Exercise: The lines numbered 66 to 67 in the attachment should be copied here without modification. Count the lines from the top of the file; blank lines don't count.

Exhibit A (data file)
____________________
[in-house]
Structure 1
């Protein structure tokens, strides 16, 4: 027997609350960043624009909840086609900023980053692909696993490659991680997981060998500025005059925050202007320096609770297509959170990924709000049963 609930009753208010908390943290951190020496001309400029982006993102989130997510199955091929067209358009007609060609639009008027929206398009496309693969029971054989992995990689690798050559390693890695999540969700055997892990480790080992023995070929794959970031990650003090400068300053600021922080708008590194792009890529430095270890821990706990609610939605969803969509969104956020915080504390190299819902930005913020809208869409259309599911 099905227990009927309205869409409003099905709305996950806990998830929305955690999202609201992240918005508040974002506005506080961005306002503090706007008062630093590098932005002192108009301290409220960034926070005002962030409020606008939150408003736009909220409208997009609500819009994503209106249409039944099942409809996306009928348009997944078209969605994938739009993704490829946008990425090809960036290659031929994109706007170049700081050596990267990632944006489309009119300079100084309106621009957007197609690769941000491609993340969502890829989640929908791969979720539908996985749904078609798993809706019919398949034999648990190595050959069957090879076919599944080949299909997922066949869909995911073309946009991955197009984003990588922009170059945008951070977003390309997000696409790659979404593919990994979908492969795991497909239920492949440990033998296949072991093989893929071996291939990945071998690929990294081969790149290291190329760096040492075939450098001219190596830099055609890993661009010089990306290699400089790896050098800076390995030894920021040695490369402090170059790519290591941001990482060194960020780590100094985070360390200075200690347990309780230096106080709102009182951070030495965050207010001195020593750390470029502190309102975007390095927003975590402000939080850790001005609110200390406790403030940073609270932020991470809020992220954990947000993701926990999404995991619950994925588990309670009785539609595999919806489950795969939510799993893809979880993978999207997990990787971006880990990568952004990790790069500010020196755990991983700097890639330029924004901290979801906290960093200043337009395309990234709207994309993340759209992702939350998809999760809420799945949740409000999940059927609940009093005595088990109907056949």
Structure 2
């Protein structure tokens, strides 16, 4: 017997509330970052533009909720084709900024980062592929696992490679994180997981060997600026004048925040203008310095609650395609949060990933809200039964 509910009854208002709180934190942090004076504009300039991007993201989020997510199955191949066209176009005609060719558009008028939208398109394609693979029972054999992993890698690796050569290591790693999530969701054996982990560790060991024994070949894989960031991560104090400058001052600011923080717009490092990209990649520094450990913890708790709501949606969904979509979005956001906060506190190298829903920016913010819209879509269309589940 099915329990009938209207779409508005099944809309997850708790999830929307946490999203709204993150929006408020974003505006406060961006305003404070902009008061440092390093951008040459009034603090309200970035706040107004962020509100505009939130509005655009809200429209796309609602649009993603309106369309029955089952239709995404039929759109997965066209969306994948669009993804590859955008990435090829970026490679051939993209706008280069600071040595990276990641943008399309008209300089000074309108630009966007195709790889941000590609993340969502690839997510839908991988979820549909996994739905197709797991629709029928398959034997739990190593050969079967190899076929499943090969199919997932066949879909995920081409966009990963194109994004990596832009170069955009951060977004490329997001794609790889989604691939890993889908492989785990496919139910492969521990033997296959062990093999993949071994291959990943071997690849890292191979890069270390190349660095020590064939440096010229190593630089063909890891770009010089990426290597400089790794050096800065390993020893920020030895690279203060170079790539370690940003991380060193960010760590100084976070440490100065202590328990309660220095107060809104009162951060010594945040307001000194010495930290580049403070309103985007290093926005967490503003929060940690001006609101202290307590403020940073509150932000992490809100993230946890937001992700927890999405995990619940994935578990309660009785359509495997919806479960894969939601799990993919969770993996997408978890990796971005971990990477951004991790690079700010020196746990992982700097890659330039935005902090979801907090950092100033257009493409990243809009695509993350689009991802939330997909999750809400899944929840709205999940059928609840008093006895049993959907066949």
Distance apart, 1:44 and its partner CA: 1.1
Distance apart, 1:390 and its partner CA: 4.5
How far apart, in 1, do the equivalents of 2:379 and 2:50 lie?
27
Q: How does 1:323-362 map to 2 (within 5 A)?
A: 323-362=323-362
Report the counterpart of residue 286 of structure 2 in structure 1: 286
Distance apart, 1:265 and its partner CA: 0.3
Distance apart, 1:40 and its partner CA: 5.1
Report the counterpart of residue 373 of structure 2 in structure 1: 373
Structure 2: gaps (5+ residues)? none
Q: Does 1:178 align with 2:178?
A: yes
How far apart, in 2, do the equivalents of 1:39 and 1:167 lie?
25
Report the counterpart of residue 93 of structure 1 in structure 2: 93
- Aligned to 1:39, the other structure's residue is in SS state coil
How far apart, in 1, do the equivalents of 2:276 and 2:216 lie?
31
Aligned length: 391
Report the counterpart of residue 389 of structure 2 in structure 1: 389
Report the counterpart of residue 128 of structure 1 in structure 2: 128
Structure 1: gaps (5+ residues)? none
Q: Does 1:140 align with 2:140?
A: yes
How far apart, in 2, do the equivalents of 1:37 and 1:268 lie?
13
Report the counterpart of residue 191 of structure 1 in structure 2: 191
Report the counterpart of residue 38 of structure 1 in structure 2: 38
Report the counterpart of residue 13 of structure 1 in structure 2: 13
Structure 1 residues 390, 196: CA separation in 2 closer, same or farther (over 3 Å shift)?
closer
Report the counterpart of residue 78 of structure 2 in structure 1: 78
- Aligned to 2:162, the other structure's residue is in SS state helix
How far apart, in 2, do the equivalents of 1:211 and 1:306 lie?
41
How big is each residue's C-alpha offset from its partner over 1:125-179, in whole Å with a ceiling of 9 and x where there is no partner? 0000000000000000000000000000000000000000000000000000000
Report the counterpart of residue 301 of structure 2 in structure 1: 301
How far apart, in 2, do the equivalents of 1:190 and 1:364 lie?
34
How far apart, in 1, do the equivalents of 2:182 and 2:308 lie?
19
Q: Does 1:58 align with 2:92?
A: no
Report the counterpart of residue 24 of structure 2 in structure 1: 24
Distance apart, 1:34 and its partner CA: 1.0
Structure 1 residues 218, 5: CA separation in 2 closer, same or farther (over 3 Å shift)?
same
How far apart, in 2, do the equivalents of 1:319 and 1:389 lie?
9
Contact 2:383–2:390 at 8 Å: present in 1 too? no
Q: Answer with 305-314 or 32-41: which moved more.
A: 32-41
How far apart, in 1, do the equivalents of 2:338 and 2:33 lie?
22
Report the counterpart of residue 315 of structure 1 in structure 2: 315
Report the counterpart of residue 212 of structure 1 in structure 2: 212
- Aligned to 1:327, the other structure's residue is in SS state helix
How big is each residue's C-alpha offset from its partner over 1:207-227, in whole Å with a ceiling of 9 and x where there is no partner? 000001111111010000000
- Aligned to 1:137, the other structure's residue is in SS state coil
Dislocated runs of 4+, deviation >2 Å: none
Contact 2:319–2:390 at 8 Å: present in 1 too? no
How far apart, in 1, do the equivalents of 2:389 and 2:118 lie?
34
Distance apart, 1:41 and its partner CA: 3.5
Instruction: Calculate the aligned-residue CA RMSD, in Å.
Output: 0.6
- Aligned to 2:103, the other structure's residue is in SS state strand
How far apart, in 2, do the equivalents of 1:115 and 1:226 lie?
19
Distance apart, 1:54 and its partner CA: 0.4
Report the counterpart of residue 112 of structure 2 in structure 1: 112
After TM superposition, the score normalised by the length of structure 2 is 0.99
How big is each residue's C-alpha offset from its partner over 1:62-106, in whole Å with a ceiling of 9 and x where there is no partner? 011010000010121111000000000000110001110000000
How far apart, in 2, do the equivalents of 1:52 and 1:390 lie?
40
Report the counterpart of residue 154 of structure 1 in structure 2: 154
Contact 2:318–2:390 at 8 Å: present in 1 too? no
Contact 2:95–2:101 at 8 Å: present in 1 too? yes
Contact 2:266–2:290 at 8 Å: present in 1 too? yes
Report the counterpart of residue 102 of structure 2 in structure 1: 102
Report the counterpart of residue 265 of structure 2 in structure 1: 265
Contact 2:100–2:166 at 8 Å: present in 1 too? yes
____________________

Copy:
Dislocated runs of 4+, deviation >2 Å: none
Contact 2:319–2:390 at 8 Å: present in 1 too? no